We arrived at Tim and Phil's right on time, and Joshua immediately ran to their large aquarium to watch the fish while Phil fixed us drinks: a Manhattan for me, a Coke for Jonathan, bourbon-sevens for himself and Tim, and a small glass of Coke with a maraschino cherry for Joshua.


"You got a new fish!" Joshua declared, pointing to a small, bright pink fish about 3 inches long. How he was able to spot one new fish out of a tank with dozens of fish I didn't know.


"Yeah, Tim said. "He's a pink veil tail oscar. We just got him."


"His name is Oscar?" Joshua asked, obviously enthralled.


Phil, Jonathan, and I sat around the kitchen table talking while Tim puttered around getting everything ready, then moved into the dining area for dinner. Tim had made two huge pans of lasagna, which was served with a large salad and garlic bread, and wine (another coke for Jonathan and milk for Joshua). Needless to say, it was all wonderful, and I remarked yet again that if Tim ever decided to leave his job as an assistant Medical Examiner with the coroner's office, he should open a restaurant.


After dinner we sat around the living room talking, while Joshua alternately ran back and forth to the fish tank and sat on the floor with a box of crayons and the coloring book we'd brought along. Around 8:20, he crawled up on the couch between Jonathan and me and, after a valiant effort to keep awake, began a slow but increasing list to port until his head was in Jonathan's lap and he was asleep, Jonathan's arm over Joshua's shoulder.


"Have you talked to Jared and Jake?" Tim asked.


"Yeah, we called both of them a couple days ago," Jonathan said, sparing me having to find a way to avoid saying I'd had lunch with Jared the day before. "Did they tell you about their friend?"


Phil sighed. "Yeah. As we were going down to the cars after we left your place, I asked why they'd been so quiet all night, and they told us. We met him once, I think, when we went out bar-hopping with them. I think it was at the Male Call."


Again I resisted the temptation to say anything.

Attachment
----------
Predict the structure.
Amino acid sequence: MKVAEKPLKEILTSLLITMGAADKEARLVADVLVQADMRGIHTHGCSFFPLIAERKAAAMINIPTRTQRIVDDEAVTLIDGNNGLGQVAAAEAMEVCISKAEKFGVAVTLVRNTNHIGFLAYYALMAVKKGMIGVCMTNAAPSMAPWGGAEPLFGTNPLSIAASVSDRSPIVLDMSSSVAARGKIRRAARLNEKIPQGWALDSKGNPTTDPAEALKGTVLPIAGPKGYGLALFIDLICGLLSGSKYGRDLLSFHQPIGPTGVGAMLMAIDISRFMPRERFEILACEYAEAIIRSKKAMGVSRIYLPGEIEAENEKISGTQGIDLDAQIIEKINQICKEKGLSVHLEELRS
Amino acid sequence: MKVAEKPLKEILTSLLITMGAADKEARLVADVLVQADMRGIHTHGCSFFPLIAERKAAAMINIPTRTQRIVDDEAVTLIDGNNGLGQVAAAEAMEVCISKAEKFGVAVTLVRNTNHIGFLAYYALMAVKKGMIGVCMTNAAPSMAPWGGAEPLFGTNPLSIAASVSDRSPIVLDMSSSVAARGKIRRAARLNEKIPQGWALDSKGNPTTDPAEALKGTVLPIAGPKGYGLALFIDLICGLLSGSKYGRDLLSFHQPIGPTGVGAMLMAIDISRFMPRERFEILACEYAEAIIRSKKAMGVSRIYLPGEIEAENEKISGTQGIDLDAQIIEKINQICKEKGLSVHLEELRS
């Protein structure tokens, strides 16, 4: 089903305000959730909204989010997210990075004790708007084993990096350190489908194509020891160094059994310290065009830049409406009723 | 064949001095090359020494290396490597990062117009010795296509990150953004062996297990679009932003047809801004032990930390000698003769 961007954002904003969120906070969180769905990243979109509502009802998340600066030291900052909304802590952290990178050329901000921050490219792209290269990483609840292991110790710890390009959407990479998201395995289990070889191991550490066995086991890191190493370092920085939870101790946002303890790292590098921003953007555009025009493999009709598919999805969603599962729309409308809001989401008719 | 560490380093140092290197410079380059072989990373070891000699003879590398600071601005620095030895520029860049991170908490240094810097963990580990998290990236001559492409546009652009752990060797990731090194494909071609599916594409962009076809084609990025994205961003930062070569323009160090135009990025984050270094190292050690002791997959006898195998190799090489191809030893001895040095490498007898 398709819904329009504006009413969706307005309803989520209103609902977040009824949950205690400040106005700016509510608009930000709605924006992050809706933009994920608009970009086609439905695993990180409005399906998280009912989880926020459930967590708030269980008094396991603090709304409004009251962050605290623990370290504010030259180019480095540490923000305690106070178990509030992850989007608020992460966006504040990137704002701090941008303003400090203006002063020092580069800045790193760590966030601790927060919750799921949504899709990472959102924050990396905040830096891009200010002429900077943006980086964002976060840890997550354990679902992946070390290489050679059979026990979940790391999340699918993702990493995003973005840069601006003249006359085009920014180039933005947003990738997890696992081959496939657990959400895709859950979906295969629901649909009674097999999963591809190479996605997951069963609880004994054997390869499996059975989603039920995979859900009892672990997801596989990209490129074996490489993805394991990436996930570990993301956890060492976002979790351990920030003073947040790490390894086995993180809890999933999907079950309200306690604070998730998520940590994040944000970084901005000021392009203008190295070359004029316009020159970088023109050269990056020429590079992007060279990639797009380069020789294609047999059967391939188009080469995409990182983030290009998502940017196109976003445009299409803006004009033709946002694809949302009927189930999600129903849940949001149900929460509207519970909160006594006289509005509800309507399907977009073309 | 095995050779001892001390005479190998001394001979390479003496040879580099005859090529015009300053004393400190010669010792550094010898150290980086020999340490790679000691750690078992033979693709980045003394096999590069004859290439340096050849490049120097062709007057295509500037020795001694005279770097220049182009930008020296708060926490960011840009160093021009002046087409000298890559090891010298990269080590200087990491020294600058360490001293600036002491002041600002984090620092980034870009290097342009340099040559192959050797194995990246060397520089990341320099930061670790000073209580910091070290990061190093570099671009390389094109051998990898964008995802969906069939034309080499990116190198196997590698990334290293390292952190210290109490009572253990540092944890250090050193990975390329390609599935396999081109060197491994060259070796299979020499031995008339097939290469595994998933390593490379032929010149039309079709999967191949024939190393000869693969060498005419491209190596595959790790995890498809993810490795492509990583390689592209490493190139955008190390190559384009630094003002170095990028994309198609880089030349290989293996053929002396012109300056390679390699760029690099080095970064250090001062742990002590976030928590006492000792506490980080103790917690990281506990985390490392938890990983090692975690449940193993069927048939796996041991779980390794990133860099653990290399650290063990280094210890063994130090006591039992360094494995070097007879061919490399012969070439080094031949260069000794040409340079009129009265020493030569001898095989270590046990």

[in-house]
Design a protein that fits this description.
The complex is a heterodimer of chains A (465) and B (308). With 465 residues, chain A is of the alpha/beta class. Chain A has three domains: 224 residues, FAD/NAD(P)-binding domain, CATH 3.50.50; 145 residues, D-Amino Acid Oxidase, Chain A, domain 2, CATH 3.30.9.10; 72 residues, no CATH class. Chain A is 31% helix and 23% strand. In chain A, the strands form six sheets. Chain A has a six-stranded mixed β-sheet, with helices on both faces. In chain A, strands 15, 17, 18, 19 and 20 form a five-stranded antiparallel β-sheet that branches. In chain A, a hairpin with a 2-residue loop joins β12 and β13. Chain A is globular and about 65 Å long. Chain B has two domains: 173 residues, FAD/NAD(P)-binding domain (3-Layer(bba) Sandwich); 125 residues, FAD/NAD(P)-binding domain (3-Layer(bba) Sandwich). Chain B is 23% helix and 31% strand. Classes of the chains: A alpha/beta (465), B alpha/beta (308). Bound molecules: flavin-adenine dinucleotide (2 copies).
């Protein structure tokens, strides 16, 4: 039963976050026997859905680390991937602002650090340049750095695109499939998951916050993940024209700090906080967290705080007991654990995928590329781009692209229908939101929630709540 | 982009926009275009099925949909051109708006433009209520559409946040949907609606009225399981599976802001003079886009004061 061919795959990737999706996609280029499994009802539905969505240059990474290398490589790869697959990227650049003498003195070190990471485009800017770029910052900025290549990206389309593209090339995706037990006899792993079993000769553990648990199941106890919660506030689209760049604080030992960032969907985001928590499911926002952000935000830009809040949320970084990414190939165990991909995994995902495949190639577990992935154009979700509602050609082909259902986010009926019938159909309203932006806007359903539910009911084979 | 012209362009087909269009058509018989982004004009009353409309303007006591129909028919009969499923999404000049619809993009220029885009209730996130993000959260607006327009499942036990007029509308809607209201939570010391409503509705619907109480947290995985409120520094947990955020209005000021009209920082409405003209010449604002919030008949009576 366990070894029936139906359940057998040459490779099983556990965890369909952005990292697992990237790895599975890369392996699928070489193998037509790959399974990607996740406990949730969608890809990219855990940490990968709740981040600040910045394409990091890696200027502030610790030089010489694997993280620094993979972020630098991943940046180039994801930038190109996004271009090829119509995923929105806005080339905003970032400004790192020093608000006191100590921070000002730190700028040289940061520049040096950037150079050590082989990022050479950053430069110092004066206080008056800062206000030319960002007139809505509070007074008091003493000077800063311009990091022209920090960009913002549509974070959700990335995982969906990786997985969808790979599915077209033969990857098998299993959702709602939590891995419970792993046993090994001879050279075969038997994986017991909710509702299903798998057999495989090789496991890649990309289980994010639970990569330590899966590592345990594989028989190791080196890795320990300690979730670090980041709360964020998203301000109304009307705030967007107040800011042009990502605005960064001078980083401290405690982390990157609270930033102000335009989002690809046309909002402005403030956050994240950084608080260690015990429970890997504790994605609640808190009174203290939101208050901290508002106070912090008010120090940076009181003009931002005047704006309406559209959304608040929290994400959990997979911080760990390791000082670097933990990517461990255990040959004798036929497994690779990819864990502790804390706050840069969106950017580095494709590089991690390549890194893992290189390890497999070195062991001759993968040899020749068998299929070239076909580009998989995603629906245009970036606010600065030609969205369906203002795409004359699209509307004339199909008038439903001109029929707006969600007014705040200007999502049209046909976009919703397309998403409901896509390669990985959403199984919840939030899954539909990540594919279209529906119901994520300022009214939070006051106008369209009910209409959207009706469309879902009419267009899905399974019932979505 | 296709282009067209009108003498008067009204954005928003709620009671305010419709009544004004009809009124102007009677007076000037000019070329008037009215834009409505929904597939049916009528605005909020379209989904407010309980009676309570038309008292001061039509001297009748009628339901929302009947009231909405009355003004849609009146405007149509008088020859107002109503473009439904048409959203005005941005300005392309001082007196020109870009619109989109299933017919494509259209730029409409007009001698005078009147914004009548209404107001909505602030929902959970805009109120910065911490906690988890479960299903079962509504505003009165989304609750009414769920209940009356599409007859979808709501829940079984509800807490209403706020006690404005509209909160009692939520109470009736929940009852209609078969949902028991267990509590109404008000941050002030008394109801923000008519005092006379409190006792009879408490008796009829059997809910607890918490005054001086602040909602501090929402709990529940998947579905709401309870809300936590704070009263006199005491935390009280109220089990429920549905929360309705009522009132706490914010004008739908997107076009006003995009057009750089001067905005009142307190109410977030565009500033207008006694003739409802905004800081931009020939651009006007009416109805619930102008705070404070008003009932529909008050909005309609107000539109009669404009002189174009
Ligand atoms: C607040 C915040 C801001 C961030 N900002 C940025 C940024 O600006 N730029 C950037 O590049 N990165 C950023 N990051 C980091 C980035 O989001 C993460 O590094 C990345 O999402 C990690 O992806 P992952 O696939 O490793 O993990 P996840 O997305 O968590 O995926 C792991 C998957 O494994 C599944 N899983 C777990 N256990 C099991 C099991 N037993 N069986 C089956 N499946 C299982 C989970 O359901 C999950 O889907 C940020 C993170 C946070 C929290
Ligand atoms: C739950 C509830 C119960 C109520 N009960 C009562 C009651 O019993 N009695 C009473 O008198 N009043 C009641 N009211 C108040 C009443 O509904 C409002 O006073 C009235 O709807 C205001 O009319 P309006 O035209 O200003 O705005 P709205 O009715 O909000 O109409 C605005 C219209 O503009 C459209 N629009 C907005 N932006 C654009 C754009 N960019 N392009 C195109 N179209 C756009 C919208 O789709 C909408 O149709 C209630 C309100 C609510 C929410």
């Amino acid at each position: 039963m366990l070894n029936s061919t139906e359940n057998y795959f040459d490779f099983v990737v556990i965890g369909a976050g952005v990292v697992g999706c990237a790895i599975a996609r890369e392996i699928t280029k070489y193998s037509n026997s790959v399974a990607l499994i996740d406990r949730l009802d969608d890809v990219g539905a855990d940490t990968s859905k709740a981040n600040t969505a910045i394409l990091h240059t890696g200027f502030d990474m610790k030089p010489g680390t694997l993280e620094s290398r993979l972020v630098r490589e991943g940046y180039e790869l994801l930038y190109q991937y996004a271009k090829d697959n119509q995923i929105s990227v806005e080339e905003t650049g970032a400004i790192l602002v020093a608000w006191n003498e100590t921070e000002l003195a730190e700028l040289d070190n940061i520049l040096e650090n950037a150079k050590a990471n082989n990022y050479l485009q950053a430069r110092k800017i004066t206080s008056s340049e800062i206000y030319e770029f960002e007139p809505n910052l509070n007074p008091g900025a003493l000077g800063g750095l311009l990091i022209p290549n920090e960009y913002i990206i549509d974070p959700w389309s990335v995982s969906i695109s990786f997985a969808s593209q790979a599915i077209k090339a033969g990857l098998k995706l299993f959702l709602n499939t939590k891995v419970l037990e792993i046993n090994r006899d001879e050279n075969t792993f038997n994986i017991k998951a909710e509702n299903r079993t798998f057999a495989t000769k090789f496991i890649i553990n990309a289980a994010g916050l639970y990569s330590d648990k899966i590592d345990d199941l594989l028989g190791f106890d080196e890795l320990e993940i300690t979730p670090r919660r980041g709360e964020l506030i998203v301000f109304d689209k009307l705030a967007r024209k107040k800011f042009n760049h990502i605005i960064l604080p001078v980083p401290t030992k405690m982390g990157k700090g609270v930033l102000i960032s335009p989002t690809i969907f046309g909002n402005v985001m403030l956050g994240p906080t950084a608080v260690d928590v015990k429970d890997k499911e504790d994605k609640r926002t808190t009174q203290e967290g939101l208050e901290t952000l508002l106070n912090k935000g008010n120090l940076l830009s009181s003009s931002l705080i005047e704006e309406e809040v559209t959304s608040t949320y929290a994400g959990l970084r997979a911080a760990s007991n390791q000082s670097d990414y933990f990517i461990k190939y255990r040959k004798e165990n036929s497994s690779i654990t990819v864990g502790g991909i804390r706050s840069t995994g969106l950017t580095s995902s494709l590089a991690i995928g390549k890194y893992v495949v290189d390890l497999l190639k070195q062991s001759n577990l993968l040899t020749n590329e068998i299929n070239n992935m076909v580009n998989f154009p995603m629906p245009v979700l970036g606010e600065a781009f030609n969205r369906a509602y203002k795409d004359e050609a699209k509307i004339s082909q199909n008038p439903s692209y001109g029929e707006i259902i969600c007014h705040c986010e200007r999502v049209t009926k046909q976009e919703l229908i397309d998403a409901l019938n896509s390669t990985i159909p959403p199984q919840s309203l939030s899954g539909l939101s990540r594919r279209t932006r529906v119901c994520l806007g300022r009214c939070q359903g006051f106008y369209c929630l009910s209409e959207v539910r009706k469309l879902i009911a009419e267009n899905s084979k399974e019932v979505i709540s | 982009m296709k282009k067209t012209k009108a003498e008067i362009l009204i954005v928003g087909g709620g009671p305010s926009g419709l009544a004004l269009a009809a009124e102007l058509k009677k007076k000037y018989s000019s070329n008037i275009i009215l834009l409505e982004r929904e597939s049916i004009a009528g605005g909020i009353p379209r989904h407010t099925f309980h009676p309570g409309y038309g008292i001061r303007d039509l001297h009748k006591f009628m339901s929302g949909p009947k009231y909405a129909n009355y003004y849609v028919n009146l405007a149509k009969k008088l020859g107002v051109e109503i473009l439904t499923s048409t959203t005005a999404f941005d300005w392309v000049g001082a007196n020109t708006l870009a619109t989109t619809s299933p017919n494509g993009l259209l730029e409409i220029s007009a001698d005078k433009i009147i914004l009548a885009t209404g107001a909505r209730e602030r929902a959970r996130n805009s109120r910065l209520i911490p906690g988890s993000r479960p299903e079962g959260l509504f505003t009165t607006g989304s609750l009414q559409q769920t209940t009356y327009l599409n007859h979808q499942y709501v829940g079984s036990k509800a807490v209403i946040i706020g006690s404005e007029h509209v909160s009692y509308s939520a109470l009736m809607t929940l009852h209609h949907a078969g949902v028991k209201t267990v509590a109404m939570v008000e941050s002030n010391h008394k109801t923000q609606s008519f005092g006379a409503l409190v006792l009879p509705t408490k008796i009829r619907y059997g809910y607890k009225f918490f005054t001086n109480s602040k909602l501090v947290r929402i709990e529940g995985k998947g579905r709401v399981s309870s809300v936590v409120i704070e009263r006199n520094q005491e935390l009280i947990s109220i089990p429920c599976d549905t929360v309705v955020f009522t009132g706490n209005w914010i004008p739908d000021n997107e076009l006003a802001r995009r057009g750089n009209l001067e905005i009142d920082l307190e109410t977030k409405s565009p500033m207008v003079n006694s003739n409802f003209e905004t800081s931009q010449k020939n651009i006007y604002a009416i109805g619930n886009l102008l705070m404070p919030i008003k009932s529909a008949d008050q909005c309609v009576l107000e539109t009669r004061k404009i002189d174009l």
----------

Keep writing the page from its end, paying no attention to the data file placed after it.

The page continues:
"Oh, yeah," Tim said. "I remember him now. A real hunk!" He paused and shook his head. "What a damned shame!"


"Neither Jake nor Jared said anything, but I think it really rattled them, especially considering how active they are."


"It's like Russian Roulette," Tim added: "The more times you pull the trigger, the greater the risk you're taking. I'm not trying to sound holier than thou here, but the worse this thing gets, the more glad I am I'm not out there on the streets anymore."


"Amen to that," said Phil…who, like Jonathan, had been a hustler when I first met him.

* * *

We left around 9:30, me carrying a still-sound-asleep Joshua like a sack of potatoes, and Jonathan carrying a large aluminum-foil-covered tray of lasagna.


As we'd done before on similar occasions, rather than trying to put Joshua in his pajamas, and get him cleaned up, we decided to postpone the ritual until morning, and put him to bed in his underwear, being sure Bunny was at his side.


When we went to bed ourselves, Jonathan snuggled up close, putting his arm around me to draw me even closer.


"Can we have sex?" he asked


"Since when do you have to ask?" I said, somewhat taken aback by the question but sensing something behind it.


He sighed, the flat of his hand moving slowly back and forth across my chest. "I'm scared," he said, "and I don't want to have to be afraid of sex. I guess I just need a little reassurance."
I pulled his head to me and kissed him on the forehead.


"You've got it," I said, and then we didn't talk any more.


* * *


The days clicked by. We'd heard nothing further from Jake or Jared, but that wasn't all that unusual. Bob called on a Thursday to ask if we'd like to join him and Mario for an after-church brunch at Napoleon, our favorite gay restaurant, on Sunday, and we accepted, conditional on our being able to get Craig Richman to come watch Joshua for a couple of hours.


Every Sunday, Jonathan took Joshua to services at the local, gay Metropolitan Community Church. As a confirmed agnostic I did not feel comfortable with any organized religious service, so I never went, but since Joshua's parents had taken him to church regularly before they were killed, Jonathan thought it was important to keep up the tradition. On those occasions when Craig, who was openly gay, babysat for us on a Saturday night, he often, with his parents' full approval, stayed overnight and would then accompany the two J's to church. He usually attended services with his family at a non-gay church, so he always welcomed the chance to go to the M.C.C. whenever he could. When we called to ask if he was available, Jonathan made arrangements to meet him at the church and bring him home for babysitting after.


Just after we'd put Joshua to bed and were sitting in the living room watching TV, the phone rang. Since I was closest, I picked it up.


"Hello?"


I almost didn't recognize the voice. "Dick, it's Jared. Are you busy?"


I instinctively felt as though I'd suddenly jumped feet first into freezing water. "No: we're just watching some TV. What's up?"


"I…uh…" that damned hesitation again! "I had to come in to see Jake."


The chill had reached my bones. "See Jake?" I asked inanely.


"Yeah. He's…in the hospital. He's got pneumonia."


Oh, Jeezus!

Cover of The Dream Ender